Social scientific findings, business decisions, and now even public policies are increasingly being made on the basis of digital trace data from sources such as social media platforms, purchase records, emails, and mobile phone sensors. What could go wrong?
In this thesis, I look at ways in which findings made from such digital trace data may be misleading, and how we might make use of such data in light of these limitations. As an example of demographic bias, I take the largest source of combined geographic, temporal, linguistic, and network data, geotagged tweets, and show that such data exhibits heavy geographic and demographic biases. In an empirical demonstration of algorithmic user manipulation, I use causal inference techniques to show how design decisions of social media engineers have a causal impact on user behavior and observed network structure. And I argue that sensors in mobile phones, by measuring proximity and not necessarily interaction, suggest a very different set of theoretically appropriate questions than what have been proposed so far.
I then give three examples of study designs with scopes that avoid problems of bias. The first is a case study of unique and interesting online organization in Erowid.org, an informational resource for psychoactive drugs, demonstrating ethical research relevant to the studied community. The second is a partnership with public health researchers, where we demonstrate the use Twitter not for trying to get scientific findings but as a means of public engagement. Lastly, I present a study that combines mobile phone sensor data with theoretical directions from the 1940s and 50s and with Stochastic Actor-Oriented Models for network dynamics.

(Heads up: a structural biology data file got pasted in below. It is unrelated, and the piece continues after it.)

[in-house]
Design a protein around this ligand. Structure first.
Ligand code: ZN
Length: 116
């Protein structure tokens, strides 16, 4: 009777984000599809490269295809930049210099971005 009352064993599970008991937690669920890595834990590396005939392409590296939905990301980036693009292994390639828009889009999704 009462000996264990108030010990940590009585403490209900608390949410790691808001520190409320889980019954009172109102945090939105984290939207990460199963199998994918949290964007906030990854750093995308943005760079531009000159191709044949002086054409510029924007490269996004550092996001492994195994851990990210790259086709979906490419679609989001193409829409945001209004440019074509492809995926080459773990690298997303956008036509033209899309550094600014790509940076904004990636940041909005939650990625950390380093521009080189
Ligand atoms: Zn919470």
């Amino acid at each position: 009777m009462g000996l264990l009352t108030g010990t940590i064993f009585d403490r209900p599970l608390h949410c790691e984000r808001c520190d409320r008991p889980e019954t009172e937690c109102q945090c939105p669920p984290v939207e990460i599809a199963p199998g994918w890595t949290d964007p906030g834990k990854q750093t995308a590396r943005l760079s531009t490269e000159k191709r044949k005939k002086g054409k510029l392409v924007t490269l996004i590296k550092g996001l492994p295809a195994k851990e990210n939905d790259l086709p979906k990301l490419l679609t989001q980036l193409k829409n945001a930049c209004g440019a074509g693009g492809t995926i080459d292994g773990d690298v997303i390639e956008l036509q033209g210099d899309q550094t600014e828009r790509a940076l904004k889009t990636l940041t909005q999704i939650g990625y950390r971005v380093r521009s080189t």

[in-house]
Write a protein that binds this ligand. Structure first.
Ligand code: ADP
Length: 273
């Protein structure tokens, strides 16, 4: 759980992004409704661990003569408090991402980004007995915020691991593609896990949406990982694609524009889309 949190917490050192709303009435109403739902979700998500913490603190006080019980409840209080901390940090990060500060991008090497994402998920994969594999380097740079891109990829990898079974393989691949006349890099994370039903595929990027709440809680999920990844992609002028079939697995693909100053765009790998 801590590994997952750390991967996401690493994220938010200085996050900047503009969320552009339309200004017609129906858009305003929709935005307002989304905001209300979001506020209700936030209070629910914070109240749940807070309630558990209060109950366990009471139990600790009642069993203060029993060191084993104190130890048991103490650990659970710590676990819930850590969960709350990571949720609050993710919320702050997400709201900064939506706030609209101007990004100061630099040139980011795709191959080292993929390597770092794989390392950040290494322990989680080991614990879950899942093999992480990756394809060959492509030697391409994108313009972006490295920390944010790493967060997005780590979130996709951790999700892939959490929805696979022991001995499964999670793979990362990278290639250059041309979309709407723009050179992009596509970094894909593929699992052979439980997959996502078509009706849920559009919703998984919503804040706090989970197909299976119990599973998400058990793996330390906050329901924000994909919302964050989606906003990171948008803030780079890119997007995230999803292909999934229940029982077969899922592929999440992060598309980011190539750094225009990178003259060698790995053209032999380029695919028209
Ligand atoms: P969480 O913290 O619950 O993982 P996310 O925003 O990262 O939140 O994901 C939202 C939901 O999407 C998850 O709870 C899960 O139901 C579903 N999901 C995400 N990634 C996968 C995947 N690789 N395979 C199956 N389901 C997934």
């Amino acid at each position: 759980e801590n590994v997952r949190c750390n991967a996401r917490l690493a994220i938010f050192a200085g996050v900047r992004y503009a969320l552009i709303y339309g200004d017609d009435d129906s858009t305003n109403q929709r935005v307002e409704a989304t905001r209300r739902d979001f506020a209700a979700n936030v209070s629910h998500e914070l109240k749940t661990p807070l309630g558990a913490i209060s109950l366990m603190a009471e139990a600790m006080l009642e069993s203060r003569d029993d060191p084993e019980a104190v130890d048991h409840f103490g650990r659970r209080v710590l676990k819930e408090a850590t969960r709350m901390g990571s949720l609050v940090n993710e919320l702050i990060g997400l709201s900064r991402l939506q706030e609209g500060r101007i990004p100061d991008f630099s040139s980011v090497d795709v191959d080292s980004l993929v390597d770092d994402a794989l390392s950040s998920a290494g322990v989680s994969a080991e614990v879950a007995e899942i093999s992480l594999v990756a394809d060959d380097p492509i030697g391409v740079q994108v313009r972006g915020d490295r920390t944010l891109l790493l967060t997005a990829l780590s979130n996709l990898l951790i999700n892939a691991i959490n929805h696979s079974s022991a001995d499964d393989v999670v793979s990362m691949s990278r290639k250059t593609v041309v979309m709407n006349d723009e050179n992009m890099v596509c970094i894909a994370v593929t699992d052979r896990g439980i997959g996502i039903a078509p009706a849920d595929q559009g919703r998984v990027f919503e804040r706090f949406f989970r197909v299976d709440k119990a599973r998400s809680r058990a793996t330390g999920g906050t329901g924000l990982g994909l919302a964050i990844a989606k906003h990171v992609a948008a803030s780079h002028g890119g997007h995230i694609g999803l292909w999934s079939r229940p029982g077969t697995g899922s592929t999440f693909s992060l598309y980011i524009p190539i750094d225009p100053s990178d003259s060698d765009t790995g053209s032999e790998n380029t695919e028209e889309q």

This thesis also demonstrates how to operationalize critiques from critical algorithm studies, Science and Technology Studies (STS), and sociology into empirical research questions within computer science, By unifying these areas, I demonstrate a model of computational social science that is rigorous both sociologically and in terms of its statistical modeling, and that can responsibly sup- port decision-making, research, and policy.
Jürgen Pfeffer (Co-chair)
Anind K. Dey (HCII/Co-Chair)
Cosma Rohilla Shalizi (Statistics)
David Lazer (Northeastern University)